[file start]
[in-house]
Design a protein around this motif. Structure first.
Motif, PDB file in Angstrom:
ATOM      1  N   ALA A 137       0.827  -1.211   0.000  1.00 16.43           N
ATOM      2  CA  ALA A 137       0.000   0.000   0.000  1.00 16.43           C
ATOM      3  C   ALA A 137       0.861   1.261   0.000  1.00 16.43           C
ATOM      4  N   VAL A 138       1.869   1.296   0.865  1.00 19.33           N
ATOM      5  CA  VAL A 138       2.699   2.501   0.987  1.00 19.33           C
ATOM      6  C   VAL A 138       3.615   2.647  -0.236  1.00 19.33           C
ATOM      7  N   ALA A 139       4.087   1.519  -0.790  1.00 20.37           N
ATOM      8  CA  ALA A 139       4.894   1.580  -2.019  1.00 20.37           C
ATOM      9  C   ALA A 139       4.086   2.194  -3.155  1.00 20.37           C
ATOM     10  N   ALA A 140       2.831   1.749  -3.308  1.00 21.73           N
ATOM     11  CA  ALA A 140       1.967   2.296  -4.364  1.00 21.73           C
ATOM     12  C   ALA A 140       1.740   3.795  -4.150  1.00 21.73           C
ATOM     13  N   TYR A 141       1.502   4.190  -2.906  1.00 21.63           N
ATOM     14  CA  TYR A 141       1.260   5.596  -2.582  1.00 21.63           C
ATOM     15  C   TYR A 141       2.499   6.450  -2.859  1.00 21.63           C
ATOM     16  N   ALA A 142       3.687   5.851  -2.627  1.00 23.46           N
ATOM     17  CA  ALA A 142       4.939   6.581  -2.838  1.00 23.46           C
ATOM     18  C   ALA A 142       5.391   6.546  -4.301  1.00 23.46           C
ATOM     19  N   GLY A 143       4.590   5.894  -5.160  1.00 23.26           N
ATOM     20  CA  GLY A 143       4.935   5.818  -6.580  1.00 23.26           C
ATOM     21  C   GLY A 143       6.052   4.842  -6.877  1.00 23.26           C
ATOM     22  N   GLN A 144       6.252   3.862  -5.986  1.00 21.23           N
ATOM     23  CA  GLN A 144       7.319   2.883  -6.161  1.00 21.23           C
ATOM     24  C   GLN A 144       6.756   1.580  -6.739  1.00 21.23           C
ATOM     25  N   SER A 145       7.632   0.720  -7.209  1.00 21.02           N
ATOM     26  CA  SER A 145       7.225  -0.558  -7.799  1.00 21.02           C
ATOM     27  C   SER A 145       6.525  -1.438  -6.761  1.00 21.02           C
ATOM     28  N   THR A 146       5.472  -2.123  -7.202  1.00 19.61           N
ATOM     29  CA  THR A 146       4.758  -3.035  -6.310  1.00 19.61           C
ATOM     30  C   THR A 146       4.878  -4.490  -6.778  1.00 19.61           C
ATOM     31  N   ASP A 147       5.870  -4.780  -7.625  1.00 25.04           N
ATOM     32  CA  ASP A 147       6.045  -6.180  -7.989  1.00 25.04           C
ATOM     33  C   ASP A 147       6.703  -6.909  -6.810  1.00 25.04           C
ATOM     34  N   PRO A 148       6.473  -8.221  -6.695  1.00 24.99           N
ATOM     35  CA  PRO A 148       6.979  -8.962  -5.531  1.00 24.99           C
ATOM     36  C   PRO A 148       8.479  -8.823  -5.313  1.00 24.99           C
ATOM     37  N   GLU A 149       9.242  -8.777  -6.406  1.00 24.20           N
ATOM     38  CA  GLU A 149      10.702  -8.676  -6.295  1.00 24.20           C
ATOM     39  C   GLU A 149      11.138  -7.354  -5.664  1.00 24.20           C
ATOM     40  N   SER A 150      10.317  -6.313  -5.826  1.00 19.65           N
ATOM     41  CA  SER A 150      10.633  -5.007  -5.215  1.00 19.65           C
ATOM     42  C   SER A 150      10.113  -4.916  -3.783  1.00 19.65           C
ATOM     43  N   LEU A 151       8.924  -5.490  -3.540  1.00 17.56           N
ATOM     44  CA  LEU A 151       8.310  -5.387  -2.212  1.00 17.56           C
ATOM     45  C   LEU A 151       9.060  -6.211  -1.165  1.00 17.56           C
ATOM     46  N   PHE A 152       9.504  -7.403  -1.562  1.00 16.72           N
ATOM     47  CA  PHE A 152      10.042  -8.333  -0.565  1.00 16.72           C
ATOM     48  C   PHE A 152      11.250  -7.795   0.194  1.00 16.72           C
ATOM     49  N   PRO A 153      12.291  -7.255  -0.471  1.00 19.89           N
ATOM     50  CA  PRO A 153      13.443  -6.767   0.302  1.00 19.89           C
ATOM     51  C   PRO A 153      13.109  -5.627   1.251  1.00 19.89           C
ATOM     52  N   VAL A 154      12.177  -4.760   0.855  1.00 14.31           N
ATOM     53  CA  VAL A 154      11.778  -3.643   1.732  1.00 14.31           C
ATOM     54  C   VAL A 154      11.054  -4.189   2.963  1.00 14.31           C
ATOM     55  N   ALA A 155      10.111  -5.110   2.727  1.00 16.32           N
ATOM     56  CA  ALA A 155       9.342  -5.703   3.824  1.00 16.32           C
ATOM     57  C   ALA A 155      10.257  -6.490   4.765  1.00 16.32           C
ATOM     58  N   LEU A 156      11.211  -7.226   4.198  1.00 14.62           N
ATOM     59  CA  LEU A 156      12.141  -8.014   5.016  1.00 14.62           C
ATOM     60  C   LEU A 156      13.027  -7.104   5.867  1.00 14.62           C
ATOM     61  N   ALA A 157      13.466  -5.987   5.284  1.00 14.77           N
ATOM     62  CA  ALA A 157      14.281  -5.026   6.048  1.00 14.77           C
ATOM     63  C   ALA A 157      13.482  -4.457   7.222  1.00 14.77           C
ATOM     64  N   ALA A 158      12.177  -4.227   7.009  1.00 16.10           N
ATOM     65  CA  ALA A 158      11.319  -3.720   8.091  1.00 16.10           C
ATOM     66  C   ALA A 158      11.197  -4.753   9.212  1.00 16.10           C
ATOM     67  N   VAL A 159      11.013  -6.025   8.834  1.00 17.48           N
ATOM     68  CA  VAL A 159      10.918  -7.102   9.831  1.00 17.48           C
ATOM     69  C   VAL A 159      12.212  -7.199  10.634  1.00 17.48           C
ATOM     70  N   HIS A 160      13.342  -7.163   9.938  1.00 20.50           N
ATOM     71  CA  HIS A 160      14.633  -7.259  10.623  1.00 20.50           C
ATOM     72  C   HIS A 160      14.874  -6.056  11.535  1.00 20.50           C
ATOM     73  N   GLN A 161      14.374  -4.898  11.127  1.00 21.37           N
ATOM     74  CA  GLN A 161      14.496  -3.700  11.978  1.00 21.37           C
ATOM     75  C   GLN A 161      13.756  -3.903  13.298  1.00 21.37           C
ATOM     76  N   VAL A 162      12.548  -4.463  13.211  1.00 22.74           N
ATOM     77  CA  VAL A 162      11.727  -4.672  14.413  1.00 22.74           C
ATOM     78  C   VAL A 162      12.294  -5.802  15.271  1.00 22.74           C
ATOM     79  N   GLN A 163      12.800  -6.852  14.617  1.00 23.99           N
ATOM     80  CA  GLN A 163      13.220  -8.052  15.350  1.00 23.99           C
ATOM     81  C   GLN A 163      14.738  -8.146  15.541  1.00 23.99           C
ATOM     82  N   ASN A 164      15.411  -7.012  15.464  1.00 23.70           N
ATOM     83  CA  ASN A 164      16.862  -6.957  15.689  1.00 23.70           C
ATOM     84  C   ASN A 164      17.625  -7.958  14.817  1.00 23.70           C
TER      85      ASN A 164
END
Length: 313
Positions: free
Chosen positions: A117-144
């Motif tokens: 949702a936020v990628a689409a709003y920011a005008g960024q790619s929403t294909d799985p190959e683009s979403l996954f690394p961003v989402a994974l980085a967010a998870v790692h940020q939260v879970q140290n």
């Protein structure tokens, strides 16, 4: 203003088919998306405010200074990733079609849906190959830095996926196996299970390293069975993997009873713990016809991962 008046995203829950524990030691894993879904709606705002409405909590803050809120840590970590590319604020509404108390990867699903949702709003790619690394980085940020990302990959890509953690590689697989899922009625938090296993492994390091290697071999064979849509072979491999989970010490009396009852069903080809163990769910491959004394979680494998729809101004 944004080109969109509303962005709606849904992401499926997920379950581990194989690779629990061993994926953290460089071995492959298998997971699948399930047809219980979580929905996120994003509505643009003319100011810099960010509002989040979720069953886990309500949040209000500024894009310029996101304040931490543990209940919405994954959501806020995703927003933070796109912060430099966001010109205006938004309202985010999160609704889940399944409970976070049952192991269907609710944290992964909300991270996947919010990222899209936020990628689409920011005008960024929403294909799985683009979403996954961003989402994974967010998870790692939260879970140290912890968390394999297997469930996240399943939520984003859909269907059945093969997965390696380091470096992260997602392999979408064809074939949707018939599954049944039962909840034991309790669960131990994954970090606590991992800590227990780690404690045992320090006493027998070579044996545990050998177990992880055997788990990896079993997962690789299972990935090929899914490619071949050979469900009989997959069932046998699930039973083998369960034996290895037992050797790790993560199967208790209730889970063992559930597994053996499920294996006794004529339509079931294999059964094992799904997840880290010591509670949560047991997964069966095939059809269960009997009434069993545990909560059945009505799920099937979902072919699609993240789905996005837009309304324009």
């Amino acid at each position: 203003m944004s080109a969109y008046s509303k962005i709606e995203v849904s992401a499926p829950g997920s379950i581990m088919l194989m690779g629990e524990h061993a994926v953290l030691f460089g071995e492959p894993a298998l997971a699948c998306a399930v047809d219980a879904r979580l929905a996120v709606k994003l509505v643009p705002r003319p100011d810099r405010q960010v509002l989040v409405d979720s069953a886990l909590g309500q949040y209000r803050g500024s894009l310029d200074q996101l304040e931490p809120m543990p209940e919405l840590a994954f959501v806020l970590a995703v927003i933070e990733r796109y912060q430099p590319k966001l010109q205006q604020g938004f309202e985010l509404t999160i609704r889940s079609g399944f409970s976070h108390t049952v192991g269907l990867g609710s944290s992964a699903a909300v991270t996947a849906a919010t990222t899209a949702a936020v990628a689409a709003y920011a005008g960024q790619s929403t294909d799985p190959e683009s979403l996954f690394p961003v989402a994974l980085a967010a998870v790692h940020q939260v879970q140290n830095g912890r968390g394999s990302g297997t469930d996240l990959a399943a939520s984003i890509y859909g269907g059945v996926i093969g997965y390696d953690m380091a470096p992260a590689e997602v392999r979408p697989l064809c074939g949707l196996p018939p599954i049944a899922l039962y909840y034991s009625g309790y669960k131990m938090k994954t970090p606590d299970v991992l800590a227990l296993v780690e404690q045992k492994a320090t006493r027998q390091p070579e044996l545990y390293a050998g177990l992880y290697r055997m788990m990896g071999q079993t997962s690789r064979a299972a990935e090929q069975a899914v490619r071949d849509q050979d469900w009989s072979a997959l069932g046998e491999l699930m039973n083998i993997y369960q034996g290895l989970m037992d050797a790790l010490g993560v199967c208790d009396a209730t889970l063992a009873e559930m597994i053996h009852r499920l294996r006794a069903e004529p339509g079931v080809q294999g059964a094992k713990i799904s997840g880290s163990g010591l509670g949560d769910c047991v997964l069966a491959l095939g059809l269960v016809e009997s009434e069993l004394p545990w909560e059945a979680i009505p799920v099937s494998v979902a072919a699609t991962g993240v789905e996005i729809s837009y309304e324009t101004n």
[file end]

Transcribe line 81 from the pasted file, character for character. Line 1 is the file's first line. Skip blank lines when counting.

ATOM     78  C   VAL A 162      12.294  -5.802  15.271  1.00 22.74           C